How Do You Set up a Non-Profit Limited Liability Company?

Basically, the formation process for a non-profit limited liability company is the same as for a classic limited liability company. We explain details of the foundation process in our series Checklist for Founders. However, you should always consult experts when founding a gGmbH. Without non-profit status you cannot benefit from the tax advantages. Only a detailed consultation will give you a realistic assessment of whether you can achieve non-profit status with your project.

Here you will find the most important steps for founding your non-profit limited liability company:

  • Formulate your business idea

Especially when founding a non-profit limited liability company, you should formulate your project as concretely and clearly as possible in advance. This is the only way experts can check whether the requirements for non-profit status are met. You also need to think about the financing of your project. Investors cannot make a profit with a gGmbH. With the exception of a few lighthouse projects, investors will not be interested in participating.

  • Drafting the articles of association

Your articles of association must be properly drafted to obtain non-profit status. The articles of association should clearly define the non-profit purpose and the activities aimed at achieving it. The tax office will also look at the articles of association when examining your non-profit status. It is therefore advisable to seek expert advice.

  • Examination of the articles of association by the tax office

You can ask the tax office responsible for you to check your articles of association in advance. This will give you an assessment of whether your articles of association meet the requirements for non-profit status before the notary appointment.

  • Notarisation of the articles of association by a notary public

The articles of association must be notarised. If not all founders can appear in person, it is possible to form the organisation online. You can find more information here.

  • Payment of the capital contribution to the business account

After the notary appointment you must open a business account into which the share capital is paid. At least a capital contribution of 12,500 euros must be paid in cash when the company is founded.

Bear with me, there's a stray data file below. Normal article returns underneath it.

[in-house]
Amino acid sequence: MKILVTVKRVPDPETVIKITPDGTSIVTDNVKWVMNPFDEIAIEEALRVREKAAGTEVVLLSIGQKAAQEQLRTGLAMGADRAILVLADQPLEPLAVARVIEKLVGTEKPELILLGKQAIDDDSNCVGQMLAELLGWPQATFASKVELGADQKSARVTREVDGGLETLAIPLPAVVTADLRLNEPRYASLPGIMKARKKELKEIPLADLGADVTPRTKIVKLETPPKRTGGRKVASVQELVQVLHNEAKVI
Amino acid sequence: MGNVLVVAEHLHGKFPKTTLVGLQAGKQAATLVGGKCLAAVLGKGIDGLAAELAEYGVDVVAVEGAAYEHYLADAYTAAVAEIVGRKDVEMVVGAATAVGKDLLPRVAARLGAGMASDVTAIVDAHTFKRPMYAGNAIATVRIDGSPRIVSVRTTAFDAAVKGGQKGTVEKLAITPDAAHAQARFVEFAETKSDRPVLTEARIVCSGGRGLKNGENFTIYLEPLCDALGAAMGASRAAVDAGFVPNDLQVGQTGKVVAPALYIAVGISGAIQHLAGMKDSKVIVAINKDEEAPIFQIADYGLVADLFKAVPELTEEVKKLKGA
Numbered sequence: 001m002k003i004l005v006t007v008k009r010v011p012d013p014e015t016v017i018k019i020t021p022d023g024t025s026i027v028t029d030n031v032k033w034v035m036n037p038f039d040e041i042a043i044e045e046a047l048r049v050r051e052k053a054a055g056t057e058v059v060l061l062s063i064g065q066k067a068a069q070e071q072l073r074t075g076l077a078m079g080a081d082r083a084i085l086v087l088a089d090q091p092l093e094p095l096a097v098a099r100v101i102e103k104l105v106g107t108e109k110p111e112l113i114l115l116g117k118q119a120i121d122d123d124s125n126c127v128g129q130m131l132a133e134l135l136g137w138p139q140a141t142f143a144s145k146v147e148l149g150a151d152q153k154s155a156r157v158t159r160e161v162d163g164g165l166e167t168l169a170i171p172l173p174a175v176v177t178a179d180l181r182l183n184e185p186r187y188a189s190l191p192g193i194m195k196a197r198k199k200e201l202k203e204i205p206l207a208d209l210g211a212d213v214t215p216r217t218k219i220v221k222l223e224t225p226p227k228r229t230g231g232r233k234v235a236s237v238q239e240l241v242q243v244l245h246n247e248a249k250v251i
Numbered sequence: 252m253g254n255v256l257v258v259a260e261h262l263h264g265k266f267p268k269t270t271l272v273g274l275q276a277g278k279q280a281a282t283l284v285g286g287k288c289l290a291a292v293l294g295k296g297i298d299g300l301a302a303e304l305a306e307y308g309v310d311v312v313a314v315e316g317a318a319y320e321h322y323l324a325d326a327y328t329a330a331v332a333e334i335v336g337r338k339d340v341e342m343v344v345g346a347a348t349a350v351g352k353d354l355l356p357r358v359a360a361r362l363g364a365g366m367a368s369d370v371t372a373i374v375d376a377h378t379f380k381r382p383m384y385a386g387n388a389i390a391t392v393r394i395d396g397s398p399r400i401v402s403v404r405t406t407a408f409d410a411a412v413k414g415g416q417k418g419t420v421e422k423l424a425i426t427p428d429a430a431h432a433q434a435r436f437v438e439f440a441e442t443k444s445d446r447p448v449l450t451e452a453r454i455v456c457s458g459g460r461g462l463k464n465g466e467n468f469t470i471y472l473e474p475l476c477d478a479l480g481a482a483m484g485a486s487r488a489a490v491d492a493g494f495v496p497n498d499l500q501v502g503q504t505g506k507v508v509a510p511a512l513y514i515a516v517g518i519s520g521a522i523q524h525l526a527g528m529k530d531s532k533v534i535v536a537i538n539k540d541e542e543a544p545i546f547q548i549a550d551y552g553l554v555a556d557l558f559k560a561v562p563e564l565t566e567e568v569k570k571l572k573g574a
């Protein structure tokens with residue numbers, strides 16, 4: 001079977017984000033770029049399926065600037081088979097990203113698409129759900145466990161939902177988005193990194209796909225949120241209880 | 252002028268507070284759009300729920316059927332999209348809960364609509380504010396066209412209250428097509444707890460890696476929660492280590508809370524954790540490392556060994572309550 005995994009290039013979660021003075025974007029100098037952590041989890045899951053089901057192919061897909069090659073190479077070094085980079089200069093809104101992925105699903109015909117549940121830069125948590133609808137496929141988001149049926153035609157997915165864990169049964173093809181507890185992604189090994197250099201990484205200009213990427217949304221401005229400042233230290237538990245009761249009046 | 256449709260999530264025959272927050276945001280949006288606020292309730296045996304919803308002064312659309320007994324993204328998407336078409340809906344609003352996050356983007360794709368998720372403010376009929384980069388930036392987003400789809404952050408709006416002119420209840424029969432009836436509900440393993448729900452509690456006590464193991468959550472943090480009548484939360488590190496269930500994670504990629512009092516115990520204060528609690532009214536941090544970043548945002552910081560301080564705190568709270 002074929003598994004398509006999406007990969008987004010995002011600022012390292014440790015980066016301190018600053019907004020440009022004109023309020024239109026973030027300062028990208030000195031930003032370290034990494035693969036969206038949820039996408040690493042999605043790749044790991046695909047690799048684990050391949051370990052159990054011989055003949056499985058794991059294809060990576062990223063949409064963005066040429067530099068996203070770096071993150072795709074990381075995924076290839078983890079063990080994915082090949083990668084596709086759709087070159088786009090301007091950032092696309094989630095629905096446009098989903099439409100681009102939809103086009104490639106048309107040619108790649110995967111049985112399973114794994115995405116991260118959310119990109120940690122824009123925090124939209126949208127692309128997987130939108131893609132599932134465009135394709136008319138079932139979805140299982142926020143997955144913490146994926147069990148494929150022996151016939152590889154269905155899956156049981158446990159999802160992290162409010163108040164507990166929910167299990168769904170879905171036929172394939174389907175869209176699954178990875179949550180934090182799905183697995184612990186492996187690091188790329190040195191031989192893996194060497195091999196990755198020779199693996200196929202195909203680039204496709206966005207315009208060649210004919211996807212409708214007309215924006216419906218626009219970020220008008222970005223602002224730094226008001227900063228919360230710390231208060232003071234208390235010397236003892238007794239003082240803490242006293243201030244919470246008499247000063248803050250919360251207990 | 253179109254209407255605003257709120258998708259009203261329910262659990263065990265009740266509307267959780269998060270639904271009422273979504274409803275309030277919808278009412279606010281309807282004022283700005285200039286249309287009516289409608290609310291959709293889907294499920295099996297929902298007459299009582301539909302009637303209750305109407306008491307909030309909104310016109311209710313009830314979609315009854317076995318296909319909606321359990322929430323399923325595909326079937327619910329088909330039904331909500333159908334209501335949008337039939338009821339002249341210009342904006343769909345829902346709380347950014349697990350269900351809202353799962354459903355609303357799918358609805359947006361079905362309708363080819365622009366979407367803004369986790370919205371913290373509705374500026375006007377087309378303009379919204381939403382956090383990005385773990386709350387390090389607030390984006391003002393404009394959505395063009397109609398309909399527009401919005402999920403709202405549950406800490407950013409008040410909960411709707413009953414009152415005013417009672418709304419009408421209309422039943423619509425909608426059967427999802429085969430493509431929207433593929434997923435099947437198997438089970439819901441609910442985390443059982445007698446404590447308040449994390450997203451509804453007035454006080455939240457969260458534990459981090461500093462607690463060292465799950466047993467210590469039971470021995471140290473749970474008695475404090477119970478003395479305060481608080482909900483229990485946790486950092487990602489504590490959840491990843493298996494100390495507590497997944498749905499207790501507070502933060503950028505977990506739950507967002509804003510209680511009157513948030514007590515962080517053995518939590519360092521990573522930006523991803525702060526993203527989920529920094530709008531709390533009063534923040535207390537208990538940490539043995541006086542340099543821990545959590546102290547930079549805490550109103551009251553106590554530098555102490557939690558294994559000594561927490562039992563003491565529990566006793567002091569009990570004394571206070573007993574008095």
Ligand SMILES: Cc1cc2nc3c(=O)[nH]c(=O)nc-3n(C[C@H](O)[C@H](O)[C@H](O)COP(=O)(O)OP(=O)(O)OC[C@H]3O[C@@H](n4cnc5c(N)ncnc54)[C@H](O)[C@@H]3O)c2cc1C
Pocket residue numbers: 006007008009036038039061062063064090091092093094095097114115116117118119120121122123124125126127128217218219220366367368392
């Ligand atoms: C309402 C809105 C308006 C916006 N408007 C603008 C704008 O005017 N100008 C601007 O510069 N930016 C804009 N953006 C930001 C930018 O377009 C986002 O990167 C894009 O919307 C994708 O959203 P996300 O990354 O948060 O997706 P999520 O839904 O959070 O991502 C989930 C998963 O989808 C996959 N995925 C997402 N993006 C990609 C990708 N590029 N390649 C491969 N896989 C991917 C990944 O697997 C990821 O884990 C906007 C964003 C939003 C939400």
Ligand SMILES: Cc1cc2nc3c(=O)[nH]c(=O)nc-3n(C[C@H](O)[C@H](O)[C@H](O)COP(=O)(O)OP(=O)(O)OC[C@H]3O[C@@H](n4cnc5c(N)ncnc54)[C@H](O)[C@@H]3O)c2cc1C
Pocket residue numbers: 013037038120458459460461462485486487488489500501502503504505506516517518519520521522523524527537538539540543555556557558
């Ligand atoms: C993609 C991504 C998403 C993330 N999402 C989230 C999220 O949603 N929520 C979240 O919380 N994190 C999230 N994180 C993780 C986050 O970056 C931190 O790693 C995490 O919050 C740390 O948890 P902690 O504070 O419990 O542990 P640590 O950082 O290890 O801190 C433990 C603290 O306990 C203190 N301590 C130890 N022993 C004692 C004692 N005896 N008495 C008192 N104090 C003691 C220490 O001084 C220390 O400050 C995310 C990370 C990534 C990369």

• Registration in the commercial register and the transparency register

Once you have paid in the share capital and submitted a receipt for this to the notary's office, the notary can arrange for your gGmbH to be entered in the commercial register.

  • Registering your business

You must register a trade at the local trade office in order to officially start your business.

  • Obtaining your tax number

You also need a tax number and a VAT ID. There is a questionnaire for tax registration that you have to fill out and submit to the responsible tax office.

  • Registering the gGmbH with the IHK or, if applicable, with the HWK

You must register with the competent Chamber of Industry and Commerce (IHK) and/or, if applicable, with the competent Chamber of Crafts (HWK). Compulsory membership is independent of the non-profit status of your company.


The gGmbH is an option for social entrepreneurs who want to serve the public without economic ulterior motives. A GmbH (limited liability company) only receives non-profit status if its articles of association fulfil certain requirements. It must be clear to you that you cannot derive private economic success from a gGmbH. Selflessness is the motto. You should also clarify the financing beforehand because it will be very difficult to find investors for your gGmbH.

Michelle Noss

Michelle Noss

Student of Law

Michelle Noss is a law student at the University of Cologne. She is part of the German-French double degree programme and completed a Bachelor of Law in Cologne and a Master in Paris at the Sorbonne. She is particularly interested in international issues and commercial law. Since last October, Michelle Noss has been working as a writer at MAP Rechtsanwälte and supports the firm in writing legal blog articles and topics related to digital foundation.